Another dangerous teen job: Driver/operator, forklifts, tractors, and all-terrain vehicles (ATVs)

Forklifts, tractors, and all-terrain vehicles (ATV) pose dangers for many young workers. NCL has seen a large number of children injured in ATV accidents in the last several months (whether these are recreational accidents or work-related is often hard to determine from news reports.)

Several youth tractor accidents have been detailed in our section on agricultural fatalities and injuries. Some examples of forklift and vehicle accidents involving youth:

  • On May 11, 2009, Miguel Herrera-Soltera drove a forklift up a ramp when it tipped over. The boy fell out of the forklift which landed on top of him. Fellow workers used another forklift to extricate the boy but he died at the hospital.
  • Nathan Lundin, 12, died in Gifford, Indiana in March 2009, when he was struck by an object falling off a moving forklift at his family’s business, Upright Iron Works, Inc.
  • In March 2008, a 15-year-old boy suffered a serious leg injury in a Portland, Oregon wrecking lot when a 17-year-old co-worker operating a front loader knocked over a stack of cars and part of a concrete wall collapsed onto the younger boy. No one under 18 is allowed to work in an auto wrecking area, or operate a front loader, according to The Oregonian newspaper.
  • John Sanford, 18, a forklift operator in Toledo mistakenly thought he put his forklift in park. The machine was in neutral and when Sanford walked in front of it, he was pinned between a trash receptacle and the lift and killed in December 2007.

Each year, nearly 100 workers are killed in forklift accidents. Another 20,000 workers are seriously injured in forklift-related accidents. Many of these injuries occur when workers are run over, struck by, or pinned by a forklift.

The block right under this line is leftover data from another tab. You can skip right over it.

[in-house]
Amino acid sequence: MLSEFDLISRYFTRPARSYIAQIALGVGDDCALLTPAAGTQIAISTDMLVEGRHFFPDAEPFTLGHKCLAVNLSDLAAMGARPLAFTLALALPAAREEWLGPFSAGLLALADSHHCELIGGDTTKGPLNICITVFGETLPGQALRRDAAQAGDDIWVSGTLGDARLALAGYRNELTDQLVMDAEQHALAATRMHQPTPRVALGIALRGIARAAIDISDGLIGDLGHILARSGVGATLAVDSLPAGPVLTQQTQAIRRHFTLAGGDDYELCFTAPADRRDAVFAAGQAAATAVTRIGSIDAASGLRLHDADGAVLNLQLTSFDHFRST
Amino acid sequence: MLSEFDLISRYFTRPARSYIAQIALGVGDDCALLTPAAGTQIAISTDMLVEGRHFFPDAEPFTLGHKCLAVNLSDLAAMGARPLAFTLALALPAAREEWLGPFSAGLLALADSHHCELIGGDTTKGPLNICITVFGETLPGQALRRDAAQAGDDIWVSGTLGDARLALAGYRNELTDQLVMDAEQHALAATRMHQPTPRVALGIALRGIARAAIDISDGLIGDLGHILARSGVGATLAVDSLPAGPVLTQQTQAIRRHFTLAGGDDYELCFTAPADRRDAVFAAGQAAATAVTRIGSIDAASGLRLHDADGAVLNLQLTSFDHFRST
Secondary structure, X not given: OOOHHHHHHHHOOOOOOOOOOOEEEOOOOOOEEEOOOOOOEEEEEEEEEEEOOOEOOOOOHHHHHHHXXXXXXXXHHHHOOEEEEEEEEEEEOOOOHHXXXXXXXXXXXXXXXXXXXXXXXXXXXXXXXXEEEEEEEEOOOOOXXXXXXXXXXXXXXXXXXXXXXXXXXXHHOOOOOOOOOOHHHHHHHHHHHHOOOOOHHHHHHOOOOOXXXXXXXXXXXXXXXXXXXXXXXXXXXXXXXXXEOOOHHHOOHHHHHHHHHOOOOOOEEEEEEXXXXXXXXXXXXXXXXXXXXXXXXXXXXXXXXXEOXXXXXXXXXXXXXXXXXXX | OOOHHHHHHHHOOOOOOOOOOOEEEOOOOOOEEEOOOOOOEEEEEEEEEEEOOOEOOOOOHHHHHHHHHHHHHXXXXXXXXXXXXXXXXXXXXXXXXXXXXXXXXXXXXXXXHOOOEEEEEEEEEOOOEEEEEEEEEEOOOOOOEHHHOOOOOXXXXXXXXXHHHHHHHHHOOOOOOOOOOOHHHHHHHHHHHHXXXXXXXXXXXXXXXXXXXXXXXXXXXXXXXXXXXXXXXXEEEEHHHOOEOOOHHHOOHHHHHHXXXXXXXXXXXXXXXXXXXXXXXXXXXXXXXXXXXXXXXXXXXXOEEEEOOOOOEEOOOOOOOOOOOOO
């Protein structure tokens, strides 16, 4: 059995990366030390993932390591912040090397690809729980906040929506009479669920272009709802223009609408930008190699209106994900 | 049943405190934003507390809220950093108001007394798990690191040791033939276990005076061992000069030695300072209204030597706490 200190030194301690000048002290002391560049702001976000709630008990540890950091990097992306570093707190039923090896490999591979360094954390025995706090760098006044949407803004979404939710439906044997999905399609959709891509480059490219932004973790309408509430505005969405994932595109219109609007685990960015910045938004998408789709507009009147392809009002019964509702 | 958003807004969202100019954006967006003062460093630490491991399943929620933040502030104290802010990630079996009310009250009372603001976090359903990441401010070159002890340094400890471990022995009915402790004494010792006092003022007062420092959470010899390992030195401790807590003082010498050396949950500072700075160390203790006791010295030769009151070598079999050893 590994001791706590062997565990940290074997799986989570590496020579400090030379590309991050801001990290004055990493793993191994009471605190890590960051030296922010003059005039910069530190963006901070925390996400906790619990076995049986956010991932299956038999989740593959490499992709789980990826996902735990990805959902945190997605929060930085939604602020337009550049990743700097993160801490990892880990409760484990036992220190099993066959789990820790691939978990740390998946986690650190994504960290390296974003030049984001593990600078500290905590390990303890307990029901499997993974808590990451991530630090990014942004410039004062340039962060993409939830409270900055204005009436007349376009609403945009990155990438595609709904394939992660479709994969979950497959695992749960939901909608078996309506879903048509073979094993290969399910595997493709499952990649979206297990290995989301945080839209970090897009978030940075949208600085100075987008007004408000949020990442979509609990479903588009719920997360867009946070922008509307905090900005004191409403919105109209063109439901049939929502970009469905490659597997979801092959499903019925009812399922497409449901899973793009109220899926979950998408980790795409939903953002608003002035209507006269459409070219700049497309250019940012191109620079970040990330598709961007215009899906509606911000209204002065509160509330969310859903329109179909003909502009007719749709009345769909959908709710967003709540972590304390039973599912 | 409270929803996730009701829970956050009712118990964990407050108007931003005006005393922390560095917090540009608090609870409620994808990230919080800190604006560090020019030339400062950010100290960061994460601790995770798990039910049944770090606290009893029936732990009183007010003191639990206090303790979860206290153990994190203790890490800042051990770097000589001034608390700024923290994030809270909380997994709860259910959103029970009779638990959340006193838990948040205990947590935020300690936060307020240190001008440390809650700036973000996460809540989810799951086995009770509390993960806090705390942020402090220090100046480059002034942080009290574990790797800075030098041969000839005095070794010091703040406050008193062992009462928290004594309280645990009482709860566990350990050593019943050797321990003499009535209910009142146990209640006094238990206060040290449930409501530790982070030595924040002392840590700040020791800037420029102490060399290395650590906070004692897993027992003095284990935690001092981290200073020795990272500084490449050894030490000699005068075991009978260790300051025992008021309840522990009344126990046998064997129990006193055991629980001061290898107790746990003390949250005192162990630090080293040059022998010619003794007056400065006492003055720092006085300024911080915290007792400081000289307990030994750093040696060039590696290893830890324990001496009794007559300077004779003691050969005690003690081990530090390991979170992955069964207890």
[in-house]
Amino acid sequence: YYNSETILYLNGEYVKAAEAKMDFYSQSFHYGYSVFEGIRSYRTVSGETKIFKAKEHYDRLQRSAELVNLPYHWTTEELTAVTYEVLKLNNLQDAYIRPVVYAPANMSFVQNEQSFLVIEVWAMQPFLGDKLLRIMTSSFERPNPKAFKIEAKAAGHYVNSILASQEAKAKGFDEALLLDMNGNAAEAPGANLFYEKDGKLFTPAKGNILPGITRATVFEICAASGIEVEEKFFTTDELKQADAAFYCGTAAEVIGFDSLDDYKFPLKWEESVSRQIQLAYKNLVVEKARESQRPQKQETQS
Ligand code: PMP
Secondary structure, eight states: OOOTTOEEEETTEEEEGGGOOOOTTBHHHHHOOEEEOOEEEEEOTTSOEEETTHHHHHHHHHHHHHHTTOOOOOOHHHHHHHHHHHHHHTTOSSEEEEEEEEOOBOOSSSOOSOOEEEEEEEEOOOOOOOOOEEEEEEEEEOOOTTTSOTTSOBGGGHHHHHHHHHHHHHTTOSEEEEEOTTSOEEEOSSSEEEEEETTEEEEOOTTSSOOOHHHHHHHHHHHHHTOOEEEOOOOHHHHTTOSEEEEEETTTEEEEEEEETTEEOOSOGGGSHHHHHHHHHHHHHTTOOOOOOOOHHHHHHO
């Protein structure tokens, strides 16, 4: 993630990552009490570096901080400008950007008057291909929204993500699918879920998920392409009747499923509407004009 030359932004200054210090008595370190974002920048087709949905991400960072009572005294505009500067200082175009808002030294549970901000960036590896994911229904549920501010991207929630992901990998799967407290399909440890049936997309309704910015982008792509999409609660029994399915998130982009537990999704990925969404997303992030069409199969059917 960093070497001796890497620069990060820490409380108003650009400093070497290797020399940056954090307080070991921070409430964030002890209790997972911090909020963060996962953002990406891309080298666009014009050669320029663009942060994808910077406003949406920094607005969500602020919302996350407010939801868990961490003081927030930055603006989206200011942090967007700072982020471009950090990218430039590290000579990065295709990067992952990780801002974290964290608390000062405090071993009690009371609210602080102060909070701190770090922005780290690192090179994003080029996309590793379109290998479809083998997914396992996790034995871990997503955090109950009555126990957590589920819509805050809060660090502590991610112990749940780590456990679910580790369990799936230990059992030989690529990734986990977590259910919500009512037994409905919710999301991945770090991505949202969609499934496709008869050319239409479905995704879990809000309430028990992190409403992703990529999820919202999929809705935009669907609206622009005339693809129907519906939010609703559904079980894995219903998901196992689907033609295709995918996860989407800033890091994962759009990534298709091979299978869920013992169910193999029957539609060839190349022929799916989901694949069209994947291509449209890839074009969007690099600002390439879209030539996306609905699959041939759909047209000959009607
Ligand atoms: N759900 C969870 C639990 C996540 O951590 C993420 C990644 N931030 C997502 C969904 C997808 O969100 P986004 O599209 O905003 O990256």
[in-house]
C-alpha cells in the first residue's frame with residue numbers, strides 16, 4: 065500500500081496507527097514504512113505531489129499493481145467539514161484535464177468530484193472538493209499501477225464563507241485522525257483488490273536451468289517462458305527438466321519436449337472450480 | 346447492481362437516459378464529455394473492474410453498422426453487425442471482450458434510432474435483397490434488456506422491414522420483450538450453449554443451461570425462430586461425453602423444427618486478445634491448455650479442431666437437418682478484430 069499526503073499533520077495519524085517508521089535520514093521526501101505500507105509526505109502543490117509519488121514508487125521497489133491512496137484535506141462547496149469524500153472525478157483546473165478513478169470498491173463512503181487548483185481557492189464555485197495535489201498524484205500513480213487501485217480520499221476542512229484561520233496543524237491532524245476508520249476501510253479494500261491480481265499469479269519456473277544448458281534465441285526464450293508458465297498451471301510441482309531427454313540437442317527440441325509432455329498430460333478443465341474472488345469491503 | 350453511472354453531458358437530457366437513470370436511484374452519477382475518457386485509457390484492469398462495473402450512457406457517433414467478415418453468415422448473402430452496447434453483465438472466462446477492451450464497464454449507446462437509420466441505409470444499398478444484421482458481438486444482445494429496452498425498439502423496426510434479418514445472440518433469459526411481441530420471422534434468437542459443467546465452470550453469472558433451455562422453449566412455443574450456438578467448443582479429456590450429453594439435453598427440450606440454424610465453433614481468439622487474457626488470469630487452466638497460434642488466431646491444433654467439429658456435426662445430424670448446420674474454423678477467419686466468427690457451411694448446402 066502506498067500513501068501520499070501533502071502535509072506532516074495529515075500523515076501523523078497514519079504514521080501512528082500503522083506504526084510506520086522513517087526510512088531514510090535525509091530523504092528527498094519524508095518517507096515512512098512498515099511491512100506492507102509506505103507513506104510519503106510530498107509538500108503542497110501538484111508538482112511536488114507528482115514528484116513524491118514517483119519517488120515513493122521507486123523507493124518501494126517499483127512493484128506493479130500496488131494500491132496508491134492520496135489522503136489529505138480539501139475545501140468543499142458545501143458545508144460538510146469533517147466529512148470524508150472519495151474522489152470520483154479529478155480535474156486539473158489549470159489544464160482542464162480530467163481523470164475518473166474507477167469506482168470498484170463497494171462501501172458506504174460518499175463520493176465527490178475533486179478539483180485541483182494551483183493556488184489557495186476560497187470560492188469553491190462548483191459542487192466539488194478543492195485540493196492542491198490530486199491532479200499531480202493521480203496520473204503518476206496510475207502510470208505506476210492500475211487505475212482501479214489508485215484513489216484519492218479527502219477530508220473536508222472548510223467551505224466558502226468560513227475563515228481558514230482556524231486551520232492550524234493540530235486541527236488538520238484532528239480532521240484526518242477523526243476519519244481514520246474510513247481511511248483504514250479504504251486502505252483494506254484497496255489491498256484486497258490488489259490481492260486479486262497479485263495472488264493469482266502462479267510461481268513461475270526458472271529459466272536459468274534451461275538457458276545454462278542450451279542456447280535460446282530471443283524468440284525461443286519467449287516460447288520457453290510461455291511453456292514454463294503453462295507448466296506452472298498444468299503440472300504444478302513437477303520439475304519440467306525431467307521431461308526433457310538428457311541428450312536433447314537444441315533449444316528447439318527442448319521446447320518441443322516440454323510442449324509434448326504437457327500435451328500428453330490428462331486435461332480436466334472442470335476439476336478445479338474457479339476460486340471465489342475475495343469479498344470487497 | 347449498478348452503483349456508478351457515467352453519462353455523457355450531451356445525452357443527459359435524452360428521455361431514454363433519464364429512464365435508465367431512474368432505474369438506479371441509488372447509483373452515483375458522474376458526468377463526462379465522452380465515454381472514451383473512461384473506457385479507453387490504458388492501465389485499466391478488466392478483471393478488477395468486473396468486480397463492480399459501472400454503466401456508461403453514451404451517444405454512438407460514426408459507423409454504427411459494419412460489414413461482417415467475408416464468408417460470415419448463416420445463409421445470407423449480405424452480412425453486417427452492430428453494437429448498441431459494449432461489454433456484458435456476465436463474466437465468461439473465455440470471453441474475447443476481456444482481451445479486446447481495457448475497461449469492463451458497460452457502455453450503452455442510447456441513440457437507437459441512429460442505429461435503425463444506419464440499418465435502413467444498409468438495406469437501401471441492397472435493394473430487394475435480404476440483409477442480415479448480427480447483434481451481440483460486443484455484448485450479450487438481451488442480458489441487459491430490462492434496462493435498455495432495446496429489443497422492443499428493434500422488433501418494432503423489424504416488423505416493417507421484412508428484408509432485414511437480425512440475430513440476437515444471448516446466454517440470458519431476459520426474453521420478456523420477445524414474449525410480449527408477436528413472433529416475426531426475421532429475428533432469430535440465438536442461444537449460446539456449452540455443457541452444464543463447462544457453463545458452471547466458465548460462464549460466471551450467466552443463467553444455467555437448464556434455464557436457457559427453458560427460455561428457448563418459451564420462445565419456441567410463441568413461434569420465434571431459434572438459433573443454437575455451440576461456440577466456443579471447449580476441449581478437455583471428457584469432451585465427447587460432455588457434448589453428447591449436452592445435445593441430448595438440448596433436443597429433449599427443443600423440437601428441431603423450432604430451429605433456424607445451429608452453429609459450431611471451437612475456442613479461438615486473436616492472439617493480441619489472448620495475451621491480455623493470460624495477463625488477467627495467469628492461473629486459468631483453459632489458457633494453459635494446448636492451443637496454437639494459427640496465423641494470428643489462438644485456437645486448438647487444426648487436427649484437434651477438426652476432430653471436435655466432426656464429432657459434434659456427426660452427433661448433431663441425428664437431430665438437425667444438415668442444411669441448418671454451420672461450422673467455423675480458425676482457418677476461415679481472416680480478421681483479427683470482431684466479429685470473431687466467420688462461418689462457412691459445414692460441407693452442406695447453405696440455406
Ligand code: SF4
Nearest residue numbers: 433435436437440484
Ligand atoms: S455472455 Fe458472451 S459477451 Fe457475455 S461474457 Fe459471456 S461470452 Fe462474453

U.S. child labor law mandates an age of 18 to operate a forklift unless the forklift is being operated on an agricultural facility—then youth may operate the forklift at age 16. Advocates can think of no rationale for this different safety standard and are pressuring the federal government to raise the age to 18 for all operators.

Tractor-related incidents are the most common type of agricultural fatality in the United States. Increasingly, tractors are being used in non-agricultural industries, like construction, manufacturing, and landscaping. Tractor overturns are the most common cause of tractor fatalities, and was the primary cause among youth workers.

ATVs resulted in 44,700 serious injuries of youth under 16. The U.S. Consumer Product Safety Commission (CPSC) reported that in 2004, 130 children under the age of 16 died in ATV accidents. The Associated Press reported that more than 100 kids died in 2006, although clearly the majority of the fatalities were in non-work-related accidents.

According to research out of the University of Sydney, in Australia, where ATV deaths are also relatively common, nearly half of ATV deaths are from rollovers. And rollover deaths were much more common in farm accidents than in non-farm accidents. The study recommends that protective devices be added to ATVs and that alternative, safer vehicles be used in many situations.

In a June 3, 2012 report about an Oklahoman teen who suffered a traumatic brain injury and a broken arm in a recreational ATV accident, his mother said, “Kids get on [ATVs] and think they can drive really fast and nothing is going to happen to them, but it does.” In 2011, the Trauma One Center at Oklahoma University’s Medical Center treated 117 victims of ATV accidents— over half (51 percent) were under 18.

ATVsafety.gov notes that it is very important that a child under 16 never be allowed to operate an adult-sized ATV.

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